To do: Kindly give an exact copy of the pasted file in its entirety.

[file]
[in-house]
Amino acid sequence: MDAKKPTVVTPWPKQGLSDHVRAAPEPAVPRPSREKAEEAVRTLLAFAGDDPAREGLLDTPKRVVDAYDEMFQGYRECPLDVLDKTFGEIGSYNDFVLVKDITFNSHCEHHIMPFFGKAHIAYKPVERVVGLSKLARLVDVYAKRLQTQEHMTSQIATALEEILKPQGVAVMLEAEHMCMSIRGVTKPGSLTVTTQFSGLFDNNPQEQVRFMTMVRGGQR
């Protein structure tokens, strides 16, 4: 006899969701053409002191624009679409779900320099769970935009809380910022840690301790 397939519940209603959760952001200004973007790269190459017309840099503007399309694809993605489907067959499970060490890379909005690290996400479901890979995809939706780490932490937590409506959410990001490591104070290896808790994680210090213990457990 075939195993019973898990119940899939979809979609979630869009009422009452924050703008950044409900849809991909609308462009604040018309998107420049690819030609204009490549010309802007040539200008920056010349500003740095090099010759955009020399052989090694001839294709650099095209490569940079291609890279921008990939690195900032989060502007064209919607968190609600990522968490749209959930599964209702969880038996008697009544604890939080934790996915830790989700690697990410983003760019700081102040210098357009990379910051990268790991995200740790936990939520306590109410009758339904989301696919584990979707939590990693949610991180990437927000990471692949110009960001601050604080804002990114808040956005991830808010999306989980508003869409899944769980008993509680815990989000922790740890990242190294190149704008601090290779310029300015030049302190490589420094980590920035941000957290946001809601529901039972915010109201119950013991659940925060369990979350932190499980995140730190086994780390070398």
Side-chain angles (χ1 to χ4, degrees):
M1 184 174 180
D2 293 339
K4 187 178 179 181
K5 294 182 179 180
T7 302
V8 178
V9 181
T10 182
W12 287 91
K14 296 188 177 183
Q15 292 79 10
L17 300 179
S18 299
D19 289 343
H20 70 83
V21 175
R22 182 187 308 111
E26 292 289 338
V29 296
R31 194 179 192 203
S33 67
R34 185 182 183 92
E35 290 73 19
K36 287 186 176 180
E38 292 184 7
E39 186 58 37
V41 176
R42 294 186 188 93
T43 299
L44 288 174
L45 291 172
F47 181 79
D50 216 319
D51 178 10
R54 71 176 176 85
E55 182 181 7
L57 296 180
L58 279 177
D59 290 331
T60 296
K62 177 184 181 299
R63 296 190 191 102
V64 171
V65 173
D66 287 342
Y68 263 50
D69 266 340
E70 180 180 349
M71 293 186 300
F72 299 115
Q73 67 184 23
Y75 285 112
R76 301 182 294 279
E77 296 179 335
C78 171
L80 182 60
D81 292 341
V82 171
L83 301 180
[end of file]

[in-house]
Amino acid sequence: MDAKKPTVVTPWPKQGLSDHVRAAPEPAVPRPSREKAEEAVRTLLAFAGDDPAREGLLDTPKRVVDAYDEMFQGYRECPLDVLDKTFGEIGSYNDFVLVKDITFNSHCEHHIMPFFGKAHIAYKPVERVVGLSKLARLVDVYAKRLQTQEHMTSQIATALEEILKPQGVAVMLEAEHMCMSIRGVTKPGSLTVTTQFSGLFDNNPQEQVRFMTMVRGGQR
């Protein structure tokens, strides 16, 4: 006899969701053409002191624009679409779900320099769970935009809380910022840690301790 397939519940209603959760952001200004973007790269190459017309840099503007399309694809993605489907067959499970060490890379909005690290996400479901890979995809939706780490932490937590409506959410990001490591104070290896808790994680210090213990457990 075939195993019973898990119940899939979809979609979630869009009422009452924050703008950044409900849809991909609308462009604040018309998107420049690819030609204009490549010309802007040539200008920056010349500003740095090099010759955009020399052989090694001839294709650099095209490569940079291609890279921008990939690195900032989060502007064209919607968190609600990522968490749209959930599964209702969880038996008697009544604890939080934790996915830790989700690697990410983003760019700081102040210098357009990379910051990268790991995200740790936990939520306590109410009758339904989301696919584990979707939590990693949610991180990437927000990471692949110009960001601050604080804002990114808040956005991830808010999306989980508003869409899944769980008993509680815990989000922790740890990242190294190149704008601090290779310029300015030049302190490589420094980590920035941000957290946001809601529901039972915010109201119950013991659940925060369990979350932190499980995140730190086994780390070398």
Side-chain angles (χ1 to χ4, degrees):
M1 184 174 180
D2 293 339
K4 187 178 179 181
K5 294 182 179 180
T7 302
V8 178
V9 181
T10 182
W12 287 91
K14 296 188 177 183
Q15 292 79 10
L17 300 179
S18 299
D19 289 343
H20 70 83
V21 175
R22 182 187 308 111
E26 292 289 338
V29 296
R31 194 179 192 203
S33 67
R34 185 182 183 92
E35 290 73 19
K36 287 186 176 180
E38 292 184 7
E39 186 58 37
V41 176
R42 294 186 188 93
T43 299
L44 288 174
L45 291 172
F47 181 79
D50 216 319
D51 178 10
R54 71 176 176 85
E55 182 181 7
L57 296 180
L58 279 177
D59 290 331
T60 296
K62 177 184 181 299
R63 296 190 191 102
V64 171
V65 173
D66 287 342
Y68 263 50
D69 266 340
E70 180 180 349
M71 293 186 300
F72 299 115
Q73 67 184 23
Y75 285 112
R76 301 182 294 279
E77 296 179 335
C78 171
L80 182 60
D81 292 341
V82 171
L83 301 180